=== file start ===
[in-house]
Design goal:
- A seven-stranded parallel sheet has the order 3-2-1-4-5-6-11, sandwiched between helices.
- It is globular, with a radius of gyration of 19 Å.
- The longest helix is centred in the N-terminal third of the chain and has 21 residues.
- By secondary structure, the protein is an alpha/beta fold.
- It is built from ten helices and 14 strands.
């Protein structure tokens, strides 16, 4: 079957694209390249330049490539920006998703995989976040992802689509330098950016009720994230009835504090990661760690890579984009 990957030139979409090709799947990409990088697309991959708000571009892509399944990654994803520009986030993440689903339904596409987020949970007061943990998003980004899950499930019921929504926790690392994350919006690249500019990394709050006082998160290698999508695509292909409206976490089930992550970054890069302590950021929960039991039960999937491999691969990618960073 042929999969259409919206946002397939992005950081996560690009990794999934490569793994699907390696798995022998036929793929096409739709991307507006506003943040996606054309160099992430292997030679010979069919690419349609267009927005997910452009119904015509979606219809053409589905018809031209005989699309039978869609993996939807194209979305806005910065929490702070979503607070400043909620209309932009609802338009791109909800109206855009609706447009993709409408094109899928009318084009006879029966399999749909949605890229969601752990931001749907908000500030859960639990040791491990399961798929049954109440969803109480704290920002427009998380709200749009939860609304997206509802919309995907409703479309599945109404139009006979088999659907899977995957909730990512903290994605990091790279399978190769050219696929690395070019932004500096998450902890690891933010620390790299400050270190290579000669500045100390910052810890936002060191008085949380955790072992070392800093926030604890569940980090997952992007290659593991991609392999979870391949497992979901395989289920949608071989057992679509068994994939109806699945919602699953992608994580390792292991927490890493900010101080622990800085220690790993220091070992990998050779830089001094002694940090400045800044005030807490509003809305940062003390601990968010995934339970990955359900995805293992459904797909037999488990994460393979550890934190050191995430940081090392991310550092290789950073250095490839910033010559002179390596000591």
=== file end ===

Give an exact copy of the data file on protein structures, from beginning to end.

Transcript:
[in-house]
Design goal:
- A seven-stranded parallel sheet has the order 3-2-1-4-5-6-11, sandwiched between helices.
- It is globular, with a radius of gyration of 19 Å.
- The longest helix is centred in the N-terminal third of the chain and has 21 residues.
- By secondary structure, the protein is an alpha/beta fold.
- It is built from ten helices and 14 strands.
């Protein structure tokens, strides 16, 4: 079957694209390249330049490539920006998703995989976040992802689509330098950016009720994230009835504090990661760690890579984009 990957030139979409090709799947990409990088697309991959708000571009892509399944990654994803520009986030993440689903339904596409987020949970007061943990998003980004899950499930019921929504926790690392994350919006690249500019990394709050006082998160290698999508695509292909409206976490089930992550970054890069302590950021929960039991039960999937491999691969990618960073 042929999969259409919206946002397939992005950081996560690009990794999934490569793994699907390696798995022998036929793929096409739709991307507006506003943040996606054309160099992430292997030679010979069919690419349609267009927005997910452009119904015509979606219809053409589905018809031209005989699309039978869609993996939807194209979305806005910065929490702070979503607070400043909620209309932009609802338009791109909800109206855009609706447009993709409408094109899928009318084009006879029966399999749909949605890229969601752990931001749907908000500030859960639990040791491990399961798929049954109440969803109480704290920002427009998380709200749009939860609304997206509802919309995907409703479309599945109404139009006979088999659907899977995957909730990512903290994605990091790279399978190769050219696929690395070019932004500096998450902890690891933010620390790299400050270190290579000669500045100390910052810890936002060191008085949380955790072992070392800093926030604890569940980090997952992007290659593991991609392999979870391949497992979901395989289920949608071989057992679509068994994939109806699945919602699953992608994580390792292991927490890493900010101080622990800085220690790993220091070992990998050779830089001094002694940090400045800044005030807490509003809305940062003390601990968010995934339970990955359900995805293992459904797909037999488990994460393979550890934190050191995430940081090392991310550092290789950073250095490839910033010559002179390596000591």